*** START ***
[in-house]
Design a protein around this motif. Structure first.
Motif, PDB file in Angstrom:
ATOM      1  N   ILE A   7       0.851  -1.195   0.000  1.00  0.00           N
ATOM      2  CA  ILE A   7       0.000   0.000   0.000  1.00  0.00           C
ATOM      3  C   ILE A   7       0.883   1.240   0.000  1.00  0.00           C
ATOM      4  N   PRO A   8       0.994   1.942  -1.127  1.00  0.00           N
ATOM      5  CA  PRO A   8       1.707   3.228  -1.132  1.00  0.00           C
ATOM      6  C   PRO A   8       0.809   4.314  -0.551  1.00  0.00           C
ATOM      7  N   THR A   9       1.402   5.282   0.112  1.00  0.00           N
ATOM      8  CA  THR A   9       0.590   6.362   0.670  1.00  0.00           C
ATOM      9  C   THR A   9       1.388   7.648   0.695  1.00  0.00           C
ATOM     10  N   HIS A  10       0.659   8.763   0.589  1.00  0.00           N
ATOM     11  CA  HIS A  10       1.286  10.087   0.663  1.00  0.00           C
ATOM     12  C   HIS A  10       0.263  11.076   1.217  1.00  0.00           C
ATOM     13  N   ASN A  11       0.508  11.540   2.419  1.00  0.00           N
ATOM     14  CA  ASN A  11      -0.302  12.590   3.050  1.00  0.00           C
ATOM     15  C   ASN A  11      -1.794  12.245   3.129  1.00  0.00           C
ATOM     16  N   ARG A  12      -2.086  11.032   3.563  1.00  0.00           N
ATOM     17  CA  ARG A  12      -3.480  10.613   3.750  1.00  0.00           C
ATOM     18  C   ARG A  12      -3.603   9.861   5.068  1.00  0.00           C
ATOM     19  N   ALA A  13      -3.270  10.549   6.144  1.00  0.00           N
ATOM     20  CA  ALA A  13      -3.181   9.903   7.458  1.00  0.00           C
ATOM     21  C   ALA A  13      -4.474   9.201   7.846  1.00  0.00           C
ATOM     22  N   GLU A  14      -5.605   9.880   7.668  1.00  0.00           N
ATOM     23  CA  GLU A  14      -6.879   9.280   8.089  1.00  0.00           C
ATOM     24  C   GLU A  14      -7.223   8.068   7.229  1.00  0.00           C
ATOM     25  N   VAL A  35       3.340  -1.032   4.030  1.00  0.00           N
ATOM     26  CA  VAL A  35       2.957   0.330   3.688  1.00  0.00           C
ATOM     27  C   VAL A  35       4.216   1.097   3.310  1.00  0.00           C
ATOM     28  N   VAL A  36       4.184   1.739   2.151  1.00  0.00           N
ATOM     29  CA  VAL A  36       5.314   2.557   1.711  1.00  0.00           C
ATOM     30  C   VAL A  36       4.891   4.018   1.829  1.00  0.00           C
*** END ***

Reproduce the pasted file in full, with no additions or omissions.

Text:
[in-house]
Design a protein around this motif. Structure first.
Motif, PDB file in Angstrom:
ATOM      1  N   ILE A   7       0.851  -1.195   0.000  1.00  0.00           N
ATOM      2  CA  ILE A   7       0.000   0.000   0.000  1.00  0.00           C
ATOM      3  C   ILE A   7       0.883   1.240   0.000  1.00  0.00           C
ATOM      4  N   PRO A   8       0.994   1.942  -1.127  1.00  0.00           N
ATOM      5  CA  PRO A   8       1.707   3.228  -1.132  1.00  0.00           C
ATOM      6  C   PRO A   8       0.809   4.314  -0.551  1.00  0.00           C
ATOM      7  N   THR A   9       1.402   5.282   0.112  1.00  0.00           N
ATOM      8  CA  THR A   9       0.590   6.362   0.670  1.00  0.00           C
ATOM      9  C   THR A   9       1.388   7.648   0.695  1.00  0.00           C
ATOM     10  N   HIS A  10       0.659   8.763   0.589  1.00  0.00           N
ATOM     11  CA  HIS A  10       1.286  10.087   0.663  1.00  0.00           C
ATOM     12  C   HIS A  10       0.263  11.076   1.217  1.00  0.00           C
ATOM     13  N   ASN A  11       0.508  11.540   2.419  1.00  0.00           N
ATOM     14  CA  ASN A  11      -0.302  12.590   3.050  1.00  0.00           C
ATOM     15  C   ASN A  11      -1.794  12.245   3.129  1.00  0.00           C
ATOM     16  N   ARG A  12      -2.086  11.032   3.563  1.00  0.00           N
ATOM     17  CA  ARG A  12      -3.480  10.613   3.750  1.00  0.00           C
ATOM     18  C   ARG A  12      -3.603   9.861   5.068  1.00  0.00           C
ATOM     19  N   ALA A  13      -3.270  10.549   6.144  1.00  0.00           N
ATOM     20  CA  ALA A  13      -3.181   9.903   7.458  1.00  0.00           C
ATOM     21  C   ALA A  13      -4.474   9.201   7.846  1.00  0.00           C
ATOM     22  N   GLU A  14      -5.605   9.880   7.668  1.00  0.00           N
ATOM     23  CA  GLU A  14      -6.879   9.280   8.089  1.00  0.00           C
ATOM     24  C   GLU A  14      -7.223   8.068   7.229  1.00  0.00           C
ATOM     25  N   VAL A  35       3.340  -1.032   4.030  1.00  0.00           N
ATOM     26  CA  VAL A  35       2.957   0.330   3.688  1.00  0.00           C
ATOM     27  C   VAL A  35       4.216   1.097   3.310  1.00  0.00           C
ATOM     28  N   VAL A  36       4.184   1.739   2.151  1.00  0.00           N
ATOM     29  CA  VAL A  36       5.314   2.557   1.711  1.00  0.00           C
ATOM     30  C   VAL A  36       4.891   4.018   1.829  1.00  0.00           C